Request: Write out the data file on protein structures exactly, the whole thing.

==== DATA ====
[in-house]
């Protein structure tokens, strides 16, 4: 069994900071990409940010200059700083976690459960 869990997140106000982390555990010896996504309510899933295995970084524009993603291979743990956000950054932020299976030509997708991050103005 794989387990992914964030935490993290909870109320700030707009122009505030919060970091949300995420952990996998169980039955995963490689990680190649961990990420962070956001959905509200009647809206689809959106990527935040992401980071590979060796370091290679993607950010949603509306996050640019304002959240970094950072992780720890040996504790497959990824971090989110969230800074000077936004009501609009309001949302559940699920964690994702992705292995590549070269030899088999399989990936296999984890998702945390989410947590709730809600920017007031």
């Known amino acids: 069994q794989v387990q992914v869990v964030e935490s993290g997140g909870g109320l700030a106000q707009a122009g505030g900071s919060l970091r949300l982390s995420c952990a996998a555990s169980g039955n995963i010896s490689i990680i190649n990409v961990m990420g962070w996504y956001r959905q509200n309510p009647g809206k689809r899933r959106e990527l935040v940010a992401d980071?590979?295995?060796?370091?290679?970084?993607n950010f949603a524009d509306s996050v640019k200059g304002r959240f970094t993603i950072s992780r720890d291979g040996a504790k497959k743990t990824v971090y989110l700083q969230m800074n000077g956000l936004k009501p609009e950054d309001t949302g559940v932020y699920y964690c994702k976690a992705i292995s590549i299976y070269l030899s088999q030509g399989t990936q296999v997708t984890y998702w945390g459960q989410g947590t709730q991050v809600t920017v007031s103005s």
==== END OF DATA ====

[in-house]
């Protein structure tokens, strides 16, 4: 069994900071990409940010200059700083976690459960 869990997140106000982390555990010896996504309510899933295995970084524009993603291979743990956000950054932020299976030509997708991050103005 794989387990992914964030935490993290909870109320700030707009122009505030919060970091949300995420952990996998169980039955995963490689990680190649961990990420962070956001959905509200009647809206689809959106990527935040992401980071590979060796370091290679993607950010949603509306996050640019304002959240970094950072992780720890040996504790497959990824971090989110969230800074000077936004009501609009309001949302559940699920964690994702992705292995590549070269030899088999399989990936296999984890998702945390989410947590709730809600920017007031």
């Known amino acids: 069994q794989v387990q992914v869990v964030e935490s993290g997140g909870g109320l700030a106000q707009a122009g505030g900071s919060l970091r949300l982390s995420c952990a996998a555990s169980g039955n995963i010896s490689i990680i190649n990409v961990m990420g962070w996504y956001r959905q509200n309510p009647g809206k689809r899933r959106e990527l935040v940010a992401d980071?590979?295995?060796?370091?290679?970084?993607n950010f949603a524009d509306s996050v640019k200059g304002r959240f970094t993603i950072s992780r720890d291979g040996a504790k497959k743990t990824v971090y989110l700083q969230m800074n000077g956000l936004k009501p609009e950054d309001t949302g559940v932020y699920y964690c994702k976690a992705i292995s590549i299976y070269l030899s088999q030509g399989t990936q296999v997708t984890y998702w945390g459960q989410g947590t709730q991050v809600t920017v007031s103005s």